Fort Riley Post – September 20, 2013
Firefighters sat in a place of honor on Sept. 11 during Fort Riley’s 9/11 Commemoration Ceremony. One firefighter among those in attendance served in the Fire Department City of New York on Squad 41 in South Bronx on 9/11.
“It was the longest day of my life, and it was the shortest day of my life. It was all a blur, yet I can remember everything,” said Scott Schrimpe, retired FDNY firefighter.
Schrimpe said he had a tough time after Sept. 11, 2001. He struggled with survivor’s guilt and post-traumatic stress disorder. Now Schrimpe helps give tours for the memorial at ground zero.
“Life is precious; appreciate every day,” Schrimpe said.
Schrimpe attended the Fort Riley ceremony while making a series of stops to escort pieces of the World Trade Center to their final resting places in Kansas City and Utah.
Fort Riley’s annual ceremony honored lives lost on 9/11 and highlighted the men and women from Fort Riley who have given the ultimate sacrifice in the Global War on Terrorism.
Families of those heroes sat in the audience as Maj. Gen. Paul E. Funk II, commanding general, 1st Infantry Division and Fort Riley, addressed those in attendance.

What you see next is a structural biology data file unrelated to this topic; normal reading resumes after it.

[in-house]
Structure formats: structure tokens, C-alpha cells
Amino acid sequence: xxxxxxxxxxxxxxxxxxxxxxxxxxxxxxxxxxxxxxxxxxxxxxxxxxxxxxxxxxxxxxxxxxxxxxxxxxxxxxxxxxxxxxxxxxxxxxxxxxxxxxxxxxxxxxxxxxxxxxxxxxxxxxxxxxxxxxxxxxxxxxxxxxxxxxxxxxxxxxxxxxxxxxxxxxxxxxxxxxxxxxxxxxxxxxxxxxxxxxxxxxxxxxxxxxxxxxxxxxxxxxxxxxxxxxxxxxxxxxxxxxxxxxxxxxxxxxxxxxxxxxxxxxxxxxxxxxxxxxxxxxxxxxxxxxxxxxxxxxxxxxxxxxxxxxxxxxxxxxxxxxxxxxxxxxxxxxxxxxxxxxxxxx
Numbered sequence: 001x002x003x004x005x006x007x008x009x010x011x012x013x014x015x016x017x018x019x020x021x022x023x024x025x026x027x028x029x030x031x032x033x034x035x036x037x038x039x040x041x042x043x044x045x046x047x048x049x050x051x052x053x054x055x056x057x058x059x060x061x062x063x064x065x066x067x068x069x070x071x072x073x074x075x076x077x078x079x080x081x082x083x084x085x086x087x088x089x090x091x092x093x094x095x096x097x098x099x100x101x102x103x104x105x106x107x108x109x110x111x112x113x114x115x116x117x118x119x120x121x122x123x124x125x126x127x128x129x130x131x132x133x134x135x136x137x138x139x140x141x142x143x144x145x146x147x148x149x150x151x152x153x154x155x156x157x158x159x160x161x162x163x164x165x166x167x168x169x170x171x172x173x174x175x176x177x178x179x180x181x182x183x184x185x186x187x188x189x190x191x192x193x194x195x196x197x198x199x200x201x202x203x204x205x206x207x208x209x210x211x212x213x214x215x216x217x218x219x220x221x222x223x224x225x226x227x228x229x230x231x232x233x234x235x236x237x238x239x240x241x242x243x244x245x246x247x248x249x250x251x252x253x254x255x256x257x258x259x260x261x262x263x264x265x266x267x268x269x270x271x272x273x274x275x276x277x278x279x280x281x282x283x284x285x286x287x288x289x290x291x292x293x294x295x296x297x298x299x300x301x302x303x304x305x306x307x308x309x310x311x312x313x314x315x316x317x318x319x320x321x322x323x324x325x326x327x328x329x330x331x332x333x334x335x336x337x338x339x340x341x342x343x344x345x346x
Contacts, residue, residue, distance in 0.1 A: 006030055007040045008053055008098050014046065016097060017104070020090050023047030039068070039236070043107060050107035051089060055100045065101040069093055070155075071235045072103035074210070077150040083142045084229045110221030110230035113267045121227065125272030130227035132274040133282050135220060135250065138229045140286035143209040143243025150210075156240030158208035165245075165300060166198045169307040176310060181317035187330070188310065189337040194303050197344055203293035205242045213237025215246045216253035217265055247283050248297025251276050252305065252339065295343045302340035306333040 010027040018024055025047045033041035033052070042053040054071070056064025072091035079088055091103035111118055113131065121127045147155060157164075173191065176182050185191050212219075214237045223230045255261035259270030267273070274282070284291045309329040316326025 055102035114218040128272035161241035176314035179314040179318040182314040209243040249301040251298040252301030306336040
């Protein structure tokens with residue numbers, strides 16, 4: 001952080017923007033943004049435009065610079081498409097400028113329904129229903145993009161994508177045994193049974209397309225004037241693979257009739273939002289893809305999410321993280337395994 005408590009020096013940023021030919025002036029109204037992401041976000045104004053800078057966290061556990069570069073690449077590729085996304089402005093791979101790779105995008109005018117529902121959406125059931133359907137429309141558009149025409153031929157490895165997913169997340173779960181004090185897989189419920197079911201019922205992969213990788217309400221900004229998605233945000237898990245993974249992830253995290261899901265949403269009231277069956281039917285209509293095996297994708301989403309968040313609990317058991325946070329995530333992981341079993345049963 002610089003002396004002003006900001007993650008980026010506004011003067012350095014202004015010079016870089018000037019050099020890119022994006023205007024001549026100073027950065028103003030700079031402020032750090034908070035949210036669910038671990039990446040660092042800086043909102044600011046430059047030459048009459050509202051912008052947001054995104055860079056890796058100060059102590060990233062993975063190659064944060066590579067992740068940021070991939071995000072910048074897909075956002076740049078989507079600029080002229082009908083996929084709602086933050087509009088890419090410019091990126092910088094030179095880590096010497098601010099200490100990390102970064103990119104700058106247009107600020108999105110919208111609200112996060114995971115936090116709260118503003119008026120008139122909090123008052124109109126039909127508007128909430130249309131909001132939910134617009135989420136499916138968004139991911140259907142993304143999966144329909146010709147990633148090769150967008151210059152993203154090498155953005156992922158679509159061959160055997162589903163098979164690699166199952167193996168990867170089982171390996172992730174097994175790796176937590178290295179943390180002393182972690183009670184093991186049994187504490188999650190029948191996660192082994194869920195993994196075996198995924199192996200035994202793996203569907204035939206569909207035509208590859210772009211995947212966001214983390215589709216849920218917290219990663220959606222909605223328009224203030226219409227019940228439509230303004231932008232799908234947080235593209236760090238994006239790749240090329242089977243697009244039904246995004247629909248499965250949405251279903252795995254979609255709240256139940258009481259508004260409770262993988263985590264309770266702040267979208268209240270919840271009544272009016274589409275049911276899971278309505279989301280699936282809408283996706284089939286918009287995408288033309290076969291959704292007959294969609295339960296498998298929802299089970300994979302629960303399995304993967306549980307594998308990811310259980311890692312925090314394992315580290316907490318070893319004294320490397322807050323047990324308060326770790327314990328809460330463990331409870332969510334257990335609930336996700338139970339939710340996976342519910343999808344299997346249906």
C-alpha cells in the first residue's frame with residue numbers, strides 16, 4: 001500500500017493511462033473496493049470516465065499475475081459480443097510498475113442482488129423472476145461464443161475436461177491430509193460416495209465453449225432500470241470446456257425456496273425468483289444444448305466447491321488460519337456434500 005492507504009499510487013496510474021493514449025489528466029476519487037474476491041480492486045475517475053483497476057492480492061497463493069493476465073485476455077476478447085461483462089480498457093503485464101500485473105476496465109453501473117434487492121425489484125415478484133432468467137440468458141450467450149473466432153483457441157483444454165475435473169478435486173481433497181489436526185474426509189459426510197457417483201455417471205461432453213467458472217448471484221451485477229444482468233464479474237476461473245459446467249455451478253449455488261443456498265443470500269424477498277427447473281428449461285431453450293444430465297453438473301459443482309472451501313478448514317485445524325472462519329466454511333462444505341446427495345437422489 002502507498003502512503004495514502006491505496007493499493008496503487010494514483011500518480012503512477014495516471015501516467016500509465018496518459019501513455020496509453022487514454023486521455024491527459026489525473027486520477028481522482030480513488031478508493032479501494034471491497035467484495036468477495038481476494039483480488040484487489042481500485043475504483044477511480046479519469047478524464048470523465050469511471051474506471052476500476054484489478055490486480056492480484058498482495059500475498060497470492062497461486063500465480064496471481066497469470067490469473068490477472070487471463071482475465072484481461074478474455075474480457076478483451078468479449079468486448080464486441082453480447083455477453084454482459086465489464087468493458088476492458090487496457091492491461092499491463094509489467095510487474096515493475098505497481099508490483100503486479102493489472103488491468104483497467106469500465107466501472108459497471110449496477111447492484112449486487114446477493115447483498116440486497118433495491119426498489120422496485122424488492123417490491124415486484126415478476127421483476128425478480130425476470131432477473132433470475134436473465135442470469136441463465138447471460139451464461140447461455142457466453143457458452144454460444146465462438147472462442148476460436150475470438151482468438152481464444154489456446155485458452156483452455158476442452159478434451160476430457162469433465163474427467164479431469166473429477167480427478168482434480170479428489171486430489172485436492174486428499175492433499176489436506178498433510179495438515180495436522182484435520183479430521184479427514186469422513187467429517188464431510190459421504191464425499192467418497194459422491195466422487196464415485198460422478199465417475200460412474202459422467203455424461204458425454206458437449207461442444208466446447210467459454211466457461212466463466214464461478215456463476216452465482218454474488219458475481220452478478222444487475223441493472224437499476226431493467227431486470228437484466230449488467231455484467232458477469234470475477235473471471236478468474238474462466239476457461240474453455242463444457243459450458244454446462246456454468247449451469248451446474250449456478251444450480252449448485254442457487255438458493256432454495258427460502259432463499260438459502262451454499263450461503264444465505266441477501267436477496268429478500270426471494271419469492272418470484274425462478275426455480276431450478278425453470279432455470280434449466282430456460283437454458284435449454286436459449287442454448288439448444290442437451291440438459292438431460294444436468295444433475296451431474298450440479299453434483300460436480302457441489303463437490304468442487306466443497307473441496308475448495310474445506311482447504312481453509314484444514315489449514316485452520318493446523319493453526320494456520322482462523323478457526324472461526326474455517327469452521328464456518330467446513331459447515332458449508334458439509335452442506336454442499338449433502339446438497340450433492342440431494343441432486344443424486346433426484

Funk spoke of the great character of Americans and of the heroes at Fort Riley.
“Our ability to remain resilient and unified in time of need has enabled our country to always adapt to adversity,” Funk said.
One father who attended spoke of his son, who was killed in action, and the legacy his son’s death leaves behind.
“His legacy is that he’s made the world a better place,” said Myron Zorn, Wright, Wyo.
Myron Zorn’s son, Staff Sgt. Ryan Zorn was killed in action Nov. 16 2009, while serving in Iraq with the 1st Infantry Division. It was his third tour of duty in Iraq.
Zorn’s parents Myron and Joann both spoke of the great support they receive from the Army since their son’s death.
“He changed the world,” Myron Zorn said of his son, “He did a lot of good things we didn’t even know about.”
Ryan Zorn’s name is among those listed on the Global War on Terrorism monument that served as the backdrop for the ceremony.
The monument is a small replica of the twin towers on a pentagon-shaped base. It bears the names of Fort Riley Soldiers who have given their lives in Afghanistan and Iraq.
At this year’s ceremony, four names were added to the monument, bringing the total number of Soldiers honored on the monument to 208.
The new heroes whose names were revealed at the ceremony are Capt. James D. Nehl, Staff Sgt. Matthew H. Stiltz, Sgt. Joseph A. Richardson and Sgt. Channing B. Hicks.
By Jessica Healey 1st Inf. Div. Post